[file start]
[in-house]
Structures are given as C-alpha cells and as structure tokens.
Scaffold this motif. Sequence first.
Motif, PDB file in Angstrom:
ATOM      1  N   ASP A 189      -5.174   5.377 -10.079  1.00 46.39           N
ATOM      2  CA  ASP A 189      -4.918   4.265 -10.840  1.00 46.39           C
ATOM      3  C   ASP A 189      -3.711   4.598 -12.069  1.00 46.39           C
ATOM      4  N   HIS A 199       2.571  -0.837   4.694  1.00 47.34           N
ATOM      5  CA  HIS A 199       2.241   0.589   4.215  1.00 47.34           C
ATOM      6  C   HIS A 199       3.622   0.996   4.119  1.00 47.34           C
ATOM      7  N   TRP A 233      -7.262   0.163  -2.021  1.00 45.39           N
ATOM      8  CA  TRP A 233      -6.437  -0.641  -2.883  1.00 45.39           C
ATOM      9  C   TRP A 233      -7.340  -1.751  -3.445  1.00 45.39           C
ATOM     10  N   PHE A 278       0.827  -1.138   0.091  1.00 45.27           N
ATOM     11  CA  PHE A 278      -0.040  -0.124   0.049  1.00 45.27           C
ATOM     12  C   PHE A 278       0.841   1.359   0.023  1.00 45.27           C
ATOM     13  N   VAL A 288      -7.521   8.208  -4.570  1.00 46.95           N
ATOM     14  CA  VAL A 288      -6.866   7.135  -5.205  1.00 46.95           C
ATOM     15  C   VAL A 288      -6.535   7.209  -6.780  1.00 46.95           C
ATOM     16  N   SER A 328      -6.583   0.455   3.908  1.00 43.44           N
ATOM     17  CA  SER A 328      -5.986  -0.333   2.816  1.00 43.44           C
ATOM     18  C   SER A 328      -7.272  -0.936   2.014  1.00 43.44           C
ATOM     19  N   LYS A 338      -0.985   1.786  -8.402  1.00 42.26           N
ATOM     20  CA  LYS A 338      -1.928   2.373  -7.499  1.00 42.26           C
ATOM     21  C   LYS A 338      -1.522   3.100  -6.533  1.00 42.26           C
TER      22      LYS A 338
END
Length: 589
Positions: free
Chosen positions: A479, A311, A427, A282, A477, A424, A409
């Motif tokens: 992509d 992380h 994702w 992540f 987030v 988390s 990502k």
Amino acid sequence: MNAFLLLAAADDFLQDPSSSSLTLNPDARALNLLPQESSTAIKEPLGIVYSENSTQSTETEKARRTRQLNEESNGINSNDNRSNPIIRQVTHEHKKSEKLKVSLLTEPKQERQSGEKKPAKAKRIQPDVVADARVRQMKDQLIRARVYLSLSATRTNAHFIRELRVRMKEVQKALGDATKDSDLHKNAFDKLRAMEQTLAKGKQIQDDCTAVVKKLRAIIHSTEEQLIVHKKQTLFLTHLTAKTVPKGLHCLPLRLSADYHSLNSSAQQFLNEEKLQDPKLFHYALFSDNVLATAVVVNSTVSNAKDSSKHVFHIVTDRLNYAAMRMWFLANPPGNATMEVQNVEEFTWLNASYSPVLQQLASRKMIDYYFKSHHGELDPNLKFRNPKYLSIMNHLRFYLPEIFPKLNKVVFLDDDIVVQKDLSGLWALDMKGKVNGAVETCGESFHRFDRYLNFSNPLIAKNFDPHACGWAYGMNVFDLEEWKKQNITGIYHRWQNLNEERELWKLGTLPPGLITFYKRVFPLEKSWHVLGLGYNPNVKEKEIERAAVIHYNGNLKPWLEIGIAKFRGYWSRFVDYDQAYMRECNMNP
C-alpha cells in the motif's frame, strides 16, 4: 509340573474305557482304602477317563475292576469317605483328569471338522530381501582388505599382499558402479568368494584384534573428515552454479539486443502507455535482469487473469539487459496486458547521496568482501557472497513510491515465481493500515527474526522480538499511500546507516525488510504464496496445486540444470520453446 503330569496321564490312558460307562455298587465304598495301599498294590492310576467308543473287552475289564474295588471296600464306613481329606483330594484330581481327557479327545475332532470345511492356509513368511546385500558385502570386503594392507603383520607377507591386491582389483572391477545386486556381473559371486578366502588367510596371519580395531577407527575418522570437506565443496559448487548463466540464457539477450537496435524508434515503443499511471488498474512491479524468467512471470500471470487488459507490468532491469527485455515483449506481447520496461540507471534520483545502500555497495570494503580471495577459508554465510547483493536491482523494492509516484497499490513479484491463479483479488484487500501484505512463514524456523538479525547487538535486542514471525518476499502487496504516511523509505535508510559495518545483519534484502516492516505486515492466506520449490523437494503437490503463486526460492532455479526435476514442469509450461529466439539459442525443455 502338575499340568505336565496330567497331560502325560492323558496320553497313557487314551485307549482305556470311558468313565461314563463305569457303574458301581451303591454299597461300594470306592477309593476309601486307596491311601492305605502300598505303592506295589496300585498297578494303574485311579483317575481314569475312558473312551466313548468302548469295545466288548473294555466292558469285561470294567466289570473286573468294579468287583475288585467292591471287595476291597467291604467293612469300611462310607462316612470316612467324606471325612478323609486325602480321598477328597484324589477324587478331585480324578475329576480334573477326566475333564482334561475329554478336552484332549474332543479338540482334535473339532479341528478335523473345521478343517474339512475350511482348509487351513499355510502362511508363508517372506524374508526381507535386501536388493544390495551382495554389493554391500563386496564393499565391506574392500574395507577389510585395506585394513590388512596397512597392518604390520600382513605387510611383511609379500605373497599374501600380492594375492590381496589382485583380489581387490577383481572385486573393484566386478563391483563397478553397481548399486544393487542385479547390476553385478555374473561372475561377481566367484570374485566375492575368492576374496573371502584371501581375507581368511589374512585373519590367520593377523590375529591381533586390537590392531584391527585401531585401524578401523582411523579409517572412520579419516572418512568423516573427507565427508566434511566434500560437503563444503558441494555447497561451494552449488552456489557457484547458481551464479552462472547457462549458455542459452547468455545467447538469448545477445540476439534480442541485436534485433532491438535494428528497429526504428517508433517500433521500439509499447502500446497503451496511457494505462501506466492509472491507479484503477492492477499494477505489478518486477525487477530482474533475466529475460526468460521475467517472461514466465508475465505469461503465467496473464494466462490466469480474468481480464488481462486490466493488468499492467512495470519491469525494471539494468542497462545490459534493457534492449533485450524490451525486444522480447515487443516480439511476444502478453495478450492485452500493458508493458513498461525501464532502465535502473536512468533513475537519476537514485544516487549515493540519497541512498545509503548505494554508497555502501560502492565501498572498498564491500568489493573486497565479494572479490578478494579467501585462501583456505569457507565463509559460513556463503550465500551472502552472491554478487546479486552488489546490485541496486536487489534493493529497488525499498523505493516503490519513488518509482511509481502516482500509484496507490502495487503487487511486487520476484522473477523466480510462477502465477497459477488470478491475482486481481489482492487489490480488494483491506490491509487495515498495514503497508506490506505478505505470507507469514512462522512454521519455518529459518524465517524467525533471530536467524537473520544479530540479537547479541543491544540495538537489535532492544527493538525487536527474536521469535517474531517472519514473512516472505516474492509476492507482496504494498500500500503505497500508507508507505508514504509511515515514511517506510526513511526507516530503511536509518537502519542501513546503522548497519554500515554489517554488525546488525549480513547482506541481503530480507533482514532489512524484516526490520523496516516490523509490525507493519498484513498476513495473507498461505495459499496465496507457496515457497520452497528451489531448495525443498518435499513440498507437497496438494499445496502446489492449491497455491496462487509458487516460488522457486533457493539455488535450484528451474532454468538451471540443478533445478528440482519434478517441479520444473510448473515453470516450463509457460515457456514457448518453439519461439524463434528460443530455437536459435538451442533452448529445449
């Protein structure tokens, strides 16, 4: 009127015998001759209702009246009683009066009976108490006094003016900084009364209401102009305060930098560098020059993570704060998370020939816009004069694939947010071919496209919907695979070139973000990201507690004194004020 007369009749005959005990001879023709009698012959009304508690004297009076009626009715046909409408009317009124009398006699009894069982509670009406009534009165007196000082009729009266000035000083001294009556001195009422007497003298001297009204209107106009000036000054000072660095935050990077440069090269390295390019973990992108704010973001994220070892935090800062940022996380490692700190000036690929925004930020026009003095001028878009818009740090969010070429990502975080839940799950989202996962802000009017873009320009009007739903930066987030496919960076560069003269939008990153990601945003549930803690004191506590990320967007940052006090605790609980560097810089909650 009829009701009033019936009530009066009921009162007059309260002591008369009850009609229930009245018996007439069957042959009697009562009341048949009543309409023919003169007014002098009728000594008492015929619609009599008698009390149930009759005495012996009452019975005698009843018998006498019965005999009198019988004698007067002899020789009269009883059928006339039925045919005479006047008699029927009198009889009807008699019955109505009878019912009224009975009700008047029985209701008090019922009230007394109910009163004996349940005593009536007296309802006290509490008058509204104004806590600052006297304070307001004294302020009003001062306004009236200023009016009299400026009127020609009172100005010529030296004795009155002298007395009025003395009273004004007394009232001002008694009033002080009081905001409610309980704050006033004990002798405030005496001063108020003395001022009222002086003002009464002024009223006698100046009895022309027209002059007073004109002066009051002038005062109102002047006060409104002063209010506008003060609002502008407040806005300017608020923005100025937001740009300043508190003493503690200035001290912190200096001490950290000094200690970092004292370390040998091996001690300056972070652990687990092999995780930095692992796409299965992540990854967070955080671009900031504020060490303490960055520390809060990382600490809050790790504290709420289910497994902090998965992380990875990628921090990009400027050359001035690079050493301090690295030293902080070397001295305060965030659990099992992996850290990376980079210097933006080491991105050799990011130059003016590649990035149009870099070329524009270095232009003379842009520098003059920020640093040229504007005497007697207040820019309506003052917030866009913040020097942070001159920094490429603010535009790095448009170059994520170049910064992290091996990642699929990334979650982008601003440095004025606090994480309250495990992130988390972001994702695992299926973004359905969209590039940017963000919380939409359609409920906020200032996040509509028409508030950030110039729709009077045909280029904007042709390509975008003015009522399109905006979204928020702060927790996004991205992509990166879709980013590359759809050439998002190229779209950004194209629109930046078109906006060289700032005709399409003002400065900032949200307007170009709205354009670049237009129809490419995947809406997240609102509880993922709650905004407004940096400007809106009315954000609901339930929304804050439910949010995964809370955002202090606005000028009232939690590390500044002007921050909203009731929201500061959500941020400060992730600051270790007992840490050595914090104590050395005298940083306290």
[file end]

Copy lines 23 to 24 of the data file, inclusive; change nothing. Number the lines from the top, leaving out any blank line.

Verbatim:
ATOM     19  N   LYS A 338      -0.985   1.786  -8.402  1.00 42.26           N
ATOM     20  CA  LYS A 338      -1.928   2.373  -7.499  1.00 42.26           C